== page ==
The curtain of chocolate – Lenberg won’t say what kind she uses – falls on top of the candies while a wheel spinning underneath coats the bottoms. Then the needhams pass through a cooling panel that sets the chocolate. Commercial cooling panels cost about $20,000, Lenberg said, “and I made this one for five bucks.”

In the early days of Maine Needham Co., Lenberg’s mother sat on a stool at the end of the conveyor belt and held out a spatula to catch each needham as it came out of the cooler – which set the stage for more “Lucy and Ethel moments.” Then a friend of Lenberg’s made her a stainless steel tray that gently catches them so they glide onto the trays without breaking.


Lenberg, a perfectionist, inspects each needham a second time as it comes out of the enrober, checking to see that the bottoms are completely covered in chocolate.

Wednesday is wrapping day, a task made easier listening to Billy Joel, Elton John and Frank Sinatra on her iPod. (Sinatra is a new addition to her playlist since she started ballroom dancing.) Thursdays are taken up with distributors and invoicing. On Fridays, Lenberg makes some deliveries herself, including to Micucci’s and Free Range Fish and Lobster in Portland, before heading off to a dance.


Surrounded daily by needhams and the smell of chocolate, Lenberg has tired of them and rarely eats the candies herself. “It’s sad because this was my favorite thing growing up,” she said. “We bought the Seavy’s Needhams in the one-pound box when I was a kid.”

She’s proud of carrying on the tradition, though, even if she’s not sure where it came from. Many stories exist that purport to explain the origins of needhams. The one Lenberg has heard is that an overabundance of potatoes one year in northern Maine led to a contest to see what could be done with the extras. A chocolate maker put potatoes in his chocolates. His name? Needham.

From “They originated in Portland, Maine, by a candy maker who had attended an evangelistic service in Portland in 1872. The evangelist’s name was the Rev. George C. Needham and because of many conversions, his name was on everyone’s lips. When the candymaker came back to his shop after one of the services, his candymakers were making a new candy. When he asked the name of this candy, a young candymaker said, “Call them Needhams.”


A 1986 story in the Christian Science Monitor is very similar, including Needham the evangelist, purportedly from the town of Needham, Massachusetts. According to the Monitor, the candy was created by an employee of the well-known candy maker Mr. Seavey who asked his co-workers and employer to try it. “Approval by Mr. Seavey and the others was immediate, and the candy was added to inventory.” This story ends with Mr. Seavey naming the candies: “let’s call ’em needhams, after the popular preacher!”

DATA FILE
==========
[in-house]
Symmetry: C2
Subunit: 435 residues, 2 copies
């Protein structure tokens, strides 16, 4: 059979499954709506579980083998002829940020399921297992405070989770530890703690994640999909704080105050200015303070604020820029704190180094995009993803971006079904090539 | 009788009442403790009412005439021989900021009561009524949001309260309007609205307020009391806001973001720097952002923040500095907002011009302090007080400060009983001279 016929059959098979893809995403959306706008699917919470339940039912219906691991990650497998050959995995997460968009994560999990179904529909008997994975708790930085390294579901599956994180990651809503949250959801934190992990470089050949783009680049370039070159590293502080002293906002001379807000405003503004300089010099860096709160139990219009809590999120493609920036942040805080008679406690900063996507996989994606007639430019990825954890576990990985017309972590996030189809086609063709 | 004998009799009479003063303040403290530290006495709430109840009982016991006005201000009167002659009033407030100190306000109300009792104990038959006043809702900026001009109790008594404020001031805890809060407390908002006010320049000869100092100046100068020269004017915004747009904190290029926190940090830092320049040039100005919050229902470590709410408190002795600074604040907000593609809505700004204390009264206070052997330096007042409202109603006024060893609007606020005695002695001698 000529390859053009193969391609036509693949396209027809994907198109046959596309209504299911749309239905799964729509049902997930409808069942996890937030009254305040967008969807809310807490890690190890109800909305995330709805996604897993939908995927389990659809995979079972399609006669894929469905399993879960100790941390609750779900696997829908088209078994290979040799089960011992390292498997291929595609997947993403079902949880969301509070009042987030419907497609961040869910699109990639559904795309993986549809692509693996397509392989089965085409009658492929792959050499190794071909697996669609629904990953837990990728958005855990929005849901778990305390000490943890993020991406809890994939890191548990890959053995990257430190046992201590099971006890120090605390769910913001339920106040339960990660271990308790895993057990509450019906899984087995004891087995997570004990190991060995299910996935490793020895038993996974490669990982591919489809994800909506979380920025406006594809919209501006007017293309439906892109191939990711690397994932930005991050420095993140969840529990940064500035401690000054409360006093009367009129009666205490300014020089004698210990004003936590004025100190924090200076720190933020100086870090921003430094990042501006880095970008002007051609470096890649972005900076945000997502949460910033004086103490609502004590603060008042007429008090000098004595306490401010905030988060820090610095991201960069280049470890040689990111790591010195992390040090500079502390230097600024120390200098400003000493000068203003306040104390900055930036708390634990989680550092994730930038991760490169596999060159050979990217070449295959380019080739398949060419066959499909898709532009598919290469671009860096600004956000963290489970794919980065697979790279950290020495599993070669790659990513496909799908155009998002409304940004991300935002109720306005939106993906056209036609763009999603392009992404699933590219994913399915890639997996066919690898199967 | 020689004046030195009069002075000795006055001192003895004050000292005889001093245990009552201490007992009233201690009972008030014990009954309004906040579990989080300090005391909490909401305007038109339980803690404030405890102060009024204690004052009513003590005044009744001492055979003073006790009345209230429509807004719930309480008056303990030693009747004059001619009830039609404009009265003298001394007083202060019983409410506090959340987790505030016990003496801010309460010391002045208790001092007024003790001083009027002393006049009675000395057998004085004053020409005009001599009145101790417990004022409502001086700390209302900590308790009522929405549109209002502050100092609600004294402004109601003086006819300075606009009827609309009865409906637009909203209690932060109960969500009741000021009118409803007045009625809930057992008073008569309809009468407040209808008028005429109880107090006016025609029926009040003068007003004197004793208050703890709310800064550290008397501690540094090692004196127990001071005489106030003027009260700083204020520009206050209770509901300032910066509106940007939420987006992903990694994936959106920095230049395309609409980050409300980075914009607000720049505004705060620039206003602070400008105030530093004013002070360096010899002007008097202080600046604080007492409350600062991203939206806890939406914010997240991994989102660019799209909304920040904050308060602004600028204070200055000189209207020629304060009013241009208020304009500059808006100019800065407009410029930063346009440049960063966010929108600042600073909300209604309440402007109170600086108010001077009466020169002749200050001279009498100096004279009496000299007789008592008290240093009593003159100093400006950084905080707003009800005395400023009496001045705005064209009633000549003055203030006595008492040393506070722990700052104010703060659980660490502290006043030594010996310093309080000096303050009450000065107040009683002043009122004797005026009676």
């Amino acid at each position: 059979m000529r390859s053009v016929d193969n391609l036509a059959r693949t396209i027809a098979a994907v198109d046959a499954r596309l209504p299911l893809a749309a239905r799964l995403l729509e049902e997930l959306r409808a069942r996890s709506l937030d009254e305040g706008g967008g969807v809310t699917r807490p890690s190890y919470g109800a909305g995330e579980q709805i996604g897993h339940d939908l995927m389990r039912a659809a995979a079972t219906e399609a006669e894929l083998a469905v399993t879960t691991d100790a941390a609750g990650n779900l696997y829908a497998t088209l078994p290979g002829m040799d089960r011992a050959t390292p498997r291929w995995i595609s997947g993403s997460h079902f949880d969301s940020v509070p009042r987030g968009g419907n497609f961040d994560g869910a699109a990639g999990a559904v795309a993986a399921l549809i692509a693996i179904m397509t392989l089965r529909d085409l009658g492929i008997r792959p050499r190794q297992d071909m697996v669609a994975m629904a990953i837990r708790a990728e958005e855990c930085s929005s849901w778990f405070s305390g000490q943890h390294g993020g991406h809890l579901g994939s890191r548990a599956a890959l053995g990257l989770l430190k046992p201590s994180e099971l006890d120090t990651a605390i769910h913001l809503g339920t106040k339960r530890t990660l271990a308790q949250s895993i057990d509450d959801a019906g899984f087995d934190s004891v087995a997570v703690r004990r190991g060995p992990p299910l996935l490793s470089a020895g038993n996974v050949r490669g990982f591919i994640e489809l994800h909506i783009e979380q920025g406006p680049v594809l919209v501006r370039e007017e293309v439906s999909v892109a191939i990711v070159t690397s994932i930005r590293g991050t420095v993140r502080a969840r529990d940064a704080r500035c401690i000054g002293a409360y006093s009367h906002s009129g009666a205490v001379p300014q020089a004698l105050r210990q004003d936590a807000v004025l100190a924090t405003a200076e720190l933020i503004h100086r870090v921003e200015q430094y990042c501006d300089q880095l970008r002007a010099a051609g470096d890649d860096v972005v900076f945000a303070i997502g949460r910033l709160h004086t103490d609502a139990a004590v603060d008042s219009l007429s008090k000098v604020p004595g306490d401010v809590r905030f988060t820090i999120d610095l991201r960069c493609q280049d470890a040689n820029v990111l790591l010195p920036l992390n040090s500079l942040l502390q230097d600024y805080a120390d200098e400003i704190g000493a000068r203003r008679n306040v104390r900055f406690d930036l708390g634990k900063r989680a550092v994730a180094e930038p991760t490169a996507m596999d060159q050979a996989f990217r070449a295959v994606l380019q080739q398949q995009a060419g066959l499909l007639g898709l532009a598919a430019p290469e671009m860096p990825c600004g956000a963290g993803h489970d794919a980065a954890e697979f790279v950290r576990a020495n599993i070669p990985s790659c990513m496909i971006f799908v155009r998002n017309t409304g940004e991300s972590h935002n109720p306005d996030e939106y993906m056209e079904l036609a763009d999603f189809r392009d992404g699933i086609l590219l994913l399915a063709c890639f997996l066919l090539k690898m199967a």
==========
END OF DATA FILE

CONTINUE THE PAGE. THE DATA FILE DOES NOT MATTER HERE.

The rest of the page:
The Name game

Which legend is correct? Are any?

“I’ve never seen an authenticated story” about the origin of needhams, says Maine food historian Sandra Oliver.

Oliver doubts that there was ever a year when “there were too many potatoes” in Maine.

“I find that hard to believe,” she said. “However, I could imagine a potato association, or some kind of a board, sponsoring a contest for how to use potatoes. There’s something that sounds right about that. That sort of thing happened a lot, and happened in the 20th century, primarily.”


Searching through her own library, Oliver found a 1930 American Legion auxiliary cookbook from Thomaston with a recipe for potato candy. A 1926 recipe from the First Universalist Church of Machias has a recipe for something called uncooked fudge, she said, “but when you look at a recipe, that’s a needham.”

“My instinct is that this is may have even come out of a coconut company’s test kitchen,” she said.

Needhams have mostly stayed the same over the years, but some makers do experiment with different flavors. Sue’s Needhams, which have won awards at the annual Chocolate Lover’s Fling, makes peanut butter and peppermint versions. Bayside Chocoates in Lubec makes blueberry, almond and maple-pecan needhams. Maine Needhams in Ellsworth makes almond, mint, blueberry, maple, raspberry and strawberry.

Dean Bingham, owner of Dean’s Sweets in Portland, makes a needham truffle that contains Cold River potato vodka – “the spirit of potato” – instead of mashed potatoes.

At Len Libby in Scarborough, the candy makers use 15 fresh coconuts every week to go into their needhams. They choose coconuts with lots of milk inside since they use the milk to help flavor the candy. “We have to take a hatchet and cut off all of the outer shell, and that is very time consuming,” said Gisele DeGrinney, manager of the candy store. “And then to take the coconut meat out and shred it, that’s another few hours of work. I don’t know of any other candy shop that does it like we do it.”

The Len Libby recipe using fresh coconut has not changed in 80 years. There’s another big difference between it and other recipes. Although Len Libby calls their candy a needham, it contains no potato.

“That’s like saying we make our peanut butter and jelly sandwiches without peanut butter,” Oliver said. “It can’t be done.”